Carbon Title unveils tool to highlight carbon footprints of over 100 million buildings

Company could accelerate decarbonization through unprecedented visibility and help public make informed real estate choices

Carbon Title, the company dedicated to decarbonizing every building, introduces Carbon Title Explorer, a free tool that offers insight into the carbon footprint of over 100 million homes and commercial buildings in the US.

Building owners can claim their building profile and provide additional data to further refine the estimate, and anyone can keep up-to-date with buildings they are interested in. “We envision a world where people approach carbon emissions with the same level of scrutiny as they do nutrition labels for food,” said Carbon Title’s Co-Founder, Trevor Dryer.

He continued, adding that the business is putting power into the hands of the public to make informed decisions about where they live, work, or do business, based partly on the carbon footprint of the buildings around them.

Carbon Title Explorer is a free browser-based map that provides a simple method for viewing the estimated carbon footprint of virtually any building in the United States.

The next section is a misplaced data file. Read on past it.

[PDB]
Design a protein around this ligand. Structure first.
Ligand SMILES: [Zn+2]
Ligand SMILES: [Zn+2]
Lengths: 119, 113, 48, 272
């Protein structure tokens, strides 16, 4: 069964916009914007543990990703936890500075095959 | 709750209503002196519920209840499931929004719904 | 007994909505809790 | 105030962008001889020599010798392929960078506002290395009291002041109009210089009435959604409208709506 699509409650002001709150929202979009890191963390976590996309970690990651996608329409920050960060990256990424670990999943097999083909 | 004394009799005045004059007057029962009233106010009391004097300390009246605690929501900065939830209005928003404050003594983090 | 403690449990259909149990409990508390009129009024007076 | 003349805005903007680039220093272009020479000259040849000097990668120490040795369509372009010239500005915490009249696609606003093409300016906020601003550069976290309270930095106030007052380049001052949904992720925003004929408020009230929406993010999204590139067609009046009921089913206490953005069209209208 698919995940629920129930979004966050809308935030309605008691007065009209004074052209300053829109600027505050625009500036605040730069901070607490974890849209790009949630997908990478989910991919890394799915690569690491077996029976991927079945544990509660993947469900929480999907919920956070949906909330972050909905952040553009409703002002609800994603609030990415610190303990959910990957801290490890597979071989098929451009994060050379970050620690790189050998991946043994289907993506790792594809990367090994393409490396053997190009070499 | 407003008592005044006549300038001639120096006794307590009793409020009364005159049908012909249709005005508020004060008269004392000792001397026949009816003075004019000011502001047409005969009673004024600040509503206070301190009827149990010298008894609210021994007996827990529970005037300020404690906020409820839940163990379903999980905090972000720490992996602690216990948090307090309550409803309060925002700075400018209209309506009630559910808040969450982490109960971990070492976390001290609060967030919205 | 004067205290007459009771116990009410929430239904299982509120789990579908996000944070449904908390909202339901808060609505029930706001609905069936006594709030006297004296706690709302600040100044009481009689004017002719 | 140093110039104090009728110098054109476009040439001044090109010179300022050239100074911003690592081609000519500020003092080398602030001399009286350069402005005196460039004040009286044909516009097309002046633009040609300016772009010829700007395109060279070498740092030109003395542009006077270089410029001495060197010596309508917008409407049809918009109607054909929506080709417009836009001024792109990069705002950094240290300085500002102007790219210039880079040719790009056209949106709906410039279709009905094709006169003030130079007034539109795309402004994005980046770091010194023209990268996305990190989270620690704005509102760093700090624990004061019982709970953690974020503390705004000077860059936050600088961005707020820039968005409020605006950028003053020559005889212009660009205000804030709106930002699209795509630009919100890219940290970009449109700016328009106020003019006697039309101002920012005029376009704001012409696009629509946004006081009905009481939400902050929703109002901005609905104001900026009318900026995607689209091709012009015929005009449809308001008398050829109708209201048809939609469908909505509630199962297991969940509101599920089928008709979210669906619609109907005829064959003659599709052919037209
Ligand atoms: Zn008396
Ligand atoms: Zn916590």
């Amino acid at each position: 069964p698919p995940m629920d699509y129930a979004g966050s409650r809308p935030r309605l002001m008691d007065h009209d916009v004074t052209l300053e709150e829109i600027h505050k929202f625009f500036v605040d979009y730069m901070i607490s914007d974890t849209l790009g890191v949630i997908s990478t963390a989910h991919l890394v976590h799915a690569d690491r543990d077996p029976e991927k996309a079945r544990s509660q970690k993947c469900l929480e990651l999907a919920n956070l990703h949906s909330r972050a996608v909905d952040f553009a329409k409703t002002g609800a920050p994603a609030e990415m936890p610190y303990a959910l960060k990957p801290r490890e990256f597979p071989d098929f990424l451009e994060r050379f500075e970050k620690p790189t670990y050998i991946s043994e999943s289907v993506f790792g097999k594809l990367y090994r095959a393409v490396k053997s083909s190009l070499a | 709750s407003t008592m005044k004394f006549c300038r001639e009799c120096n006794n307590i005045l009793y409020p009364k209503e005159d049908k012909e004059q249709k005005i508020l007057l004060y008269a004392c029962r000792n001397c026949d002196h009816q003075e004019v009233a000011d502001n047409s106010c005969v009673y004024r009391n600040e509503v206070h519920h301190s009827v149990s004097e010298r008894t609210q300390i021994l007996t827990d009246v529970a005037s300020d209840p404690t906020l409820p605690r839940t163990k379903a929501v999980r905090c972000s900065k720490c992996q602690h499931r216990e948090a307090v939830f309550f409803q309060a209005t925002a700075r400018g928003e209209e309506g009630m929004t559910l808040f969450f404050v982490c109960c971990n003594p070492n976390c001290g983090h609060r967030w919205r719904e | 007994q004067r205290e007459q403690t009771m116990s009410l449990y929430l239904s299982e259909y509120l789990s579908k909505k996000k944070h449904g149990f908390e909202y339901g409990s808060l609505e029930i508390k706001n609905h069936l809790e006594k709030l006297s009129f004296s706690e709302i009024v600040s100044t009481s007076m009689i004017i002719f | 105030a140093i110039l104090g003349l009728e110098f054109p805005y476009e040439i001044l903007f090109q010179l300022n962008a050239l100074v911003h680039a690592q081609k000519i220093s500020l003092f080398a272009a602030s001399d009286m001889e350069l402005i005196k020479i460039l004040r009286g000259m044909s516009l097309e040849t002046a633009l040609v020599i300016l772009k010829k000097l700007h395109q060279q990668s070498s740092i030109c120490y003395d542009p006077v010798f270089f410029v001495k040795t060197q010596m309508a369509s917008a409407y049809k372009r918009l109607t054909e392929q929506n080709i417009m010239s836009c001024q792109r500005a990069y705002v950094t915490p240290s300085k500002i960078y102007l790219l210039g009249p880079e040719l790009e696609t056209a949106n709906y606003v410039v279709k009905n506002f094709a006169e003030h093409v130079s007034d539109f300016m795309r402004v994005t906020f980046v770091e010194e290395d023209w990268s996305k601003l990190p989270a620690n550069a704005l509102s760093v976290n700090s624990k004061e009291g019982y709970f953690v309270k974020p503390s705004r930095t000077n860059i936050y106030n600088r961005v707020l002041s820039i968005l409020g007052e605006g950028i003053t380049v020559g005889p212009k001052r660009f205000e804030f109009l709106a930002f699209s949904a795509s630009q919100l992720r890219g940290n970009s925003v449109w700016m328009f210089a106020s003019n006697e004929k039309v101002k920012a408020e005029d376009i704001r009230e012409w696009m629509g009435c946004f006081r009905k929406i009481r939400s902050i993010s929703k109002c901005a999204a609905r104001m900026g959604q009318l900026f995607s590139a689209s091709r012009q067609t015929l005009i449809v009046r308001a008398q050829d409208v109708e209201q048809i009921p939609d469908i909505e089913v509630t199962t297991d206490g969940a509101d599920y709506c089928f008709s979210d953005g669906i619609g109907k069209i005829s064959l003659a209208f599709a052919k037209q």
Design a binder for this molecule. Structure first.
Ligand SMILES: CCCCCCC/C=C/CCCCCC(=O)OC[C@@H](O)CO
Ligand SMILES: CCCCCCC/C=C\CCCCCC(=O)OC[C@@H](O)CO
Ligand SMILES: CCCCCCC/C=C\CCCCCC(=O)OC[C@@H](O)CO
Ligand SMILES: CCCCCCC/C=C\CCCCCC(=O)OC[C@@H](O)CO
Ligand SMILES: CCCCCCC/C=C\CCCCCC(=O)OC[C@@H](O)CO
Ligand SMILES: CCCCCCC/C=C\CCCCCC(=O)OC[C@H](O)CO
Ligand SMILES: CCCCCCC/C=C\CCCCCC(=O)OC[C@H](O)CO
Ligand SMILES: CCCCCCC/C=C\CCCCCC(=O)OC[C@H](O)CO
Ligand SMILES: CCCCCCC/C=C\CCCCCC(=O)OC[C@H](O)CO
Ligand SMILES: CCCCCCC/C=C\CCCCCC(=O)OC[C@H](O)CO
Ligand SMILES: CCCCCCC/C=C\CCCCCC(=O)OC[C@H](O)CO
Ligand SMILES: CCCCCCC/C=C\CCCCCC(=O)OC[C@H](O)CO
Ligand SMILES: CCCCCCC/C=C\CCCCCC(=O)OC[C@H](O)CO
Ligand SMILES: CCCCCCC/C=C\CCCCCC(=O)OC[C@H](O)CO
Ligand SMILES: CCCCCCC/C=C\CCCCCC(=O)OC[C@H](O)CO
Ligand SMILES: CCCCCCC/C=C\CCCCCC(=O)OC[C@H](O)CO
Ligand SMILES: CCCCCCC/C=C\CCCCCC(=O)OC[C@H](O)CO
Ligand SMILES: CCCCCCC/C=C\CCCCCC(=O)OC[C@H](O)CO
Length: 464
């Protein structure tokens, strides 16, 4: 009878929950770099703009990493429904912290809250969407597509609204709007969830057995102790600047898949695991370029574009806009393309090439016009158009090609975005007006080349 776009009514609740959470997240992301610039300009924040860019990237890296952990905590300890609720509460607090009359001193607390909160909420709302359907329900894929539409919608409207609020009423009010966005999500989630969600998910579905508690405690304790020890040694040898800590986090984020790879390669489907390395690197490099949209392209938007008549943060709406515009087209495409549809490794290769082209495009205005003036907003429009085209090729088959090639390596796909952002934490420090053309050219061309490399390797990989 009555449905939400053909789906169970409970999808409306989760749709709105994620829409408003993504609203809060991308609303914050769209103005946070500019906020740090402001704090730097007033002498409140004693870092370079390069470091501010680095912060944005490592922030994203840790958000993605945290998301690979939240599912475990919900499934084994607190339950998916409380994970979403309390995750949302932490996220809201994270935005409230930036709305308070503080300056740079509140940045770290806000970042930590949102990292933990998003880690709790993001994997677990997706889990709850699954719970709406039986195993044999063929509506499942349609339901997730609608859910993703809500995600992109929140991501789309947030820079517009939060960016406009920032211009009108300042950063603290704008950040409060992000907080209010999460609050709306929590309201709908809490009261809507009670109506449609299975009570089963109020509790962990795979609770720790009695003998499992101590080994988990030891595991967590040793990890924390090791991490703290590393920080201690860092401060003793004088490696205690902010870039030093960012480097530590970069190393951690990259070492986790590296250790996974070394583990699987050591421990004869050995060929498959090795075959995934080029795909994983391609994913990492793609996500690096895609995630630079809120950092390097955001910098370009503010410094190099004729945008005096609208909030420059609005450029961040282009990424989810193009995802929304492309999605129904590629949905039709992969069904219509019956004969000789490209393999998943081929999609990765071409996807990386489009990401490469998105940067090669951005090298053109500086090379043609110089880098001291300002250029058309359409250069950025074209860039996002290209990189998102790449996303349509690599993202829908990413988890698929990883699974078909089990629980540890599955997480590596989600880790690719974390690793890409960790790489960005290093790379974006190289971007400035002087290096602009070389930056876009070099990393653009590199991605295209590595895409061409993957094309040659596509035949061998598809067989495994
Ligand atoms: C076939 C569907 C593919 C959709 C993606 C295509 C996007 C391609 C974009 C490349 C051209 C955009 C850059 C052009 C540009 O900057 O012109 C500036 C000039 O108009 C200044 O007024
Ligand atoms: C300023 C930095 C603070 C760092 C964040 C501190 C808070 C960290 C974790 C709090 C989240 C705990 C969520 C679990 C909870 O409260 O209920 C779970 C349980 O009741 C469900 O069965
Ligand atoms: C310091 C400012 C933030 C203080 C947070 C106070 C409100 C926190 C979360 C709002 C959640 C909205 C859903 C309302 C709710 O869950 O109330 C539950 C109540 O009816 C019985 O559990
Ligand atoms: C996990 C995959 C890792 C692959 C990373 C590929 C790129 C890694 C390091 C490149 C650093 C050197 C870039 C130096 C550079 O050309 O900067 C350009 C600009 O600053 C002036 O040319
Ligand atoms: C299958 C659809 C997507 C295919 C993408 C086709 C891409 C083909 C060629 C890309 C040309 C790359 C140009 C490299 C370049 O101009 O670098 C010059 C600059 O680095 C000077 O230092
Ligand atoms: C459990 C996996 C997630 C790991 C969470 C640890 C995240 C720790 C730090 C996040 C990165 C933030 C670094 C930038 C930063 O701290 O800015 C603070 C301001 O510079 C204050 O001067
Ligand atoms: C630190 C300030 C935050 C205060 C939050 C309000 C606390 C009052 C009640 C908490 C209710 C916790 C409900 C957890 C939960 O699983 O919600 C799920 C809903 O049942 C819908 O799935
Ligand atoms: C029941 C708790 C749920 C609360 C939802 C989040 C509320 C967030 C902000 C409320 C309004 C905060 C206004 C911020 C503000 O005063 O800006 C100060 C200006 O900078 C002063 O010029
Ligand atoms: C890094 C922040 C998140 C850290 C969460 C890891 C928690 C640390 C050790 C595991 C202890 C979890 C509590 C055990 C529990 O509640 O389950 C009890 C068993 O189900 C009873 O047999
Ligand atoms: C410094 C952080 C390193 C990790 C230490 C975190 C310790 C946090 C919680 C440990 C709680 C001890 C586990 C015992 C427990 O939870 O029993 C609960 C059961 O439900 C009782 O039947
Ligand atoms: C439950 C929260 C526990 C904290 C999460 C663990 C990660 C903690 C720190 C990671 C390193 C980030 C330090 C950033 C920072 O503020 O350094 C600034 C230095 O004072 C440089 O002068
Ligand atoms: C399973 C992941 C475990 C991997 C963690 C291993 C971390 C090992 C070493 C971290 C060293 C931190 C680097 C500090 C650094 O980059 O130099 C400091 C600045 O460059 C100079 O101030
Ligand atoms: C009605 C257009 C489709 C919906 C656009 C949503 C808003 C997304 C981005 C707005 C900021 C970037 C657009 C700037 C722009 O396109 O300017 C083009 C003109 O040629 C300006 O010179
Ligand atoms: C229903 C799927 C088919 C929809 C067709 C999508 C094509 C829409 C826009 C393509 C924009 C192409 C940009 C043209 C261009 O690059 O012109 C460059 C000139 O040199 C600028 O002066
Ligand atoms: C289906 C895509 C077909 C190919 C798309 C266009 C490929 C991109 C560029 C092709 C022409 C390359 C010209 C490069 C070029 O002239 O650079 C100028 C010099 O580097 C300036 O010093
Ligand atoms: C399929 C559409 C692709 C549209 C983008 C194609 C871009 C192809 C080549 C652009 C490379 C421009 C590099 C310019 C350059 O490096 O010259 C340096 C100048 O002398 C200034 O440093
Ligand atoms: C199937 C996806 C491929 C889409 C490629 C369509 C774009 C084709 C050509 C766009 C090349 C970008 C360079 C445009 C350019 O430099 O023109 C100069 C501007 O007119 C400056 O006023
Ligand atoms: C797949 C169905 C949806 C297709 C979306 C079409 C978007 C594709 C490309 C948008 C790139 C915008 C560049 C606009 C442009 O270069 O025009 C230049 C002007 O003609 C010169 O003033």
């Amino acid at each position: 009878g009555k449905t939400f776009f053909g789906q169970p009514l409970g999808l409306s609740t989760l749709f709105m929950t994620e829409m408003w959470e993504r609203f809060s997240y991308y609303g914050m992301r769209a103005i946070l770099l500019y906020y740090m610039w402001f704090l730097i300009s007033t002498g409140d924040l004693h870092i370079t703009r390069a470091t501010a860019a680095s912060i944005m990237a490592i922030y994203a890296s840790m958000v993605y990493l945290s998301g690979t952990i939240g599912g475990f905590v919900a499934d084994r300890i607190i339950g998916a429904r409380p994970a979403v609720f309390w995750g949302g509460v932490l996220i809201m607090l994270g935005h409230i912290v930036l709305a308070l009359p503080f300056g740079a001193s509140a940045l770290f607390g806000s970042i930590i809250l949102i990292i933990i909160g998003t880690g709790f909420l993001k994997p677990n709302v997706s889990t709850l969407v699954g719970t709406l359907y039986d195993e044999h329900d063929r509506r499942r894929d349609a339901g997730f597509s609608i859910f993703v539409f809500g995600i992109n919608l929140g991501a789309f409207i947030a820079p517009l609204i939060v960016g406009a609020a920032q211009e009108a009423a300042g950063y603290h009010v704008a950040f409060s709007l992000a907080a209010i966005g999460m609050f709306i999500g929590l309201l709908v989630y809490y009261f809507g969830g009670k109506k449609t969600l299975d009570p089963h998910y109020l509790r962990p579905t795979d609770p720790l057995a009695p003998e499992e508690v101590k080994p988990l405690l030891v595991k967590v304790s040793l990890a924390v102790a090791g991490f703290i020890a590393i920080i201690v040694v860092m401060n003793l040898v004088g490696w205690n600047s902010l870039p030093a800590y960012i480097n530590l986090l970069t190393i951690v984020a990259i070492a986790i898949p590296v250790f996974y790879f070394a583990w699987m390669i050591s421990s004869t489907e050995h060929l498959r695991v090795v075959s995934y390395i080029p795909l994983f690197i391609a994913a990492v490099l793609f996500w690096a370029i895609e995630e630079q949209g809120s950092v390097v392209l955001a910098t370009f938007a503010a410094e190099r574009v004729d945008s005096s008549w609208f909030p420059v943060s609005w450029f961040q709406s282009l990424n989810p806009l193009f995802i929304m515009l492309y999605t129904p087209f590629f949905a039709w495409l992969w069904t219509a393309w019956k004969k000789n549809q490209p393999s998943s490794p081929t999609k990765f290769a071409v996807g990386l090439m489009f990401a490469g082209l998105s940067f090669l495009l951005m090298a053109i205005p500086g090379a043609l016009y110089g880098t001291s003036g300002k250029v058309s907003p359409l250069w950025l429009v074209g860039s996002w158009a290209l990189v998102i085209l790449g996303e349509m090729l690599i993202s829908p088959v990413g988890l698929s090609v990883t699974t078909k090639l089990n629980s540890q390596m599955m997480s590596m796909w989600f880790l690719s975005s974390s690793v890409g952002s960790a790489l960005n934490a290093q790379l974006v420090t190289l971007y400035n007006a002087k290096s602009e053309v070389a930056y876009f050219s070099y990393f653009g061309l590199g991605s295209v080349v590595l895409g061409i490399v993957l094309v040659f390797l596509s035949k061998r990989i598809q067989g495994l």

To calculate these estimates, Carbon Title aggregates a variety of high-quality data sources and input from property owners and stakeholders to describe that building’s construction and operation.

As owners collate more details about the structure, operation, and measures already taken to reduce carbon emissions, the calculation is refined.

The venture offers an understanding of the overall carbon landscape of buildings, and fosters a new level of transparency and accountability, which is needed to move the industry to decarbonize faster.

Parker Mundt, Vice President of Platform at Suffolk Technology said: “As our clients and partners increasingly push to build greener, Carbon Title will help us showcase best practices across our portfolio to ensure our projects stand out.”

While Miles Haladay, Co-founder of Carbon Title said: “We can’t stop building; we need more homes, hospitals, and schools. We need to keep building, but do it thoughtfully, and with drastically lower environmental impact. Making emissions data available to the public nationwide is the first step for stakeholders to take meaningful reduction action.”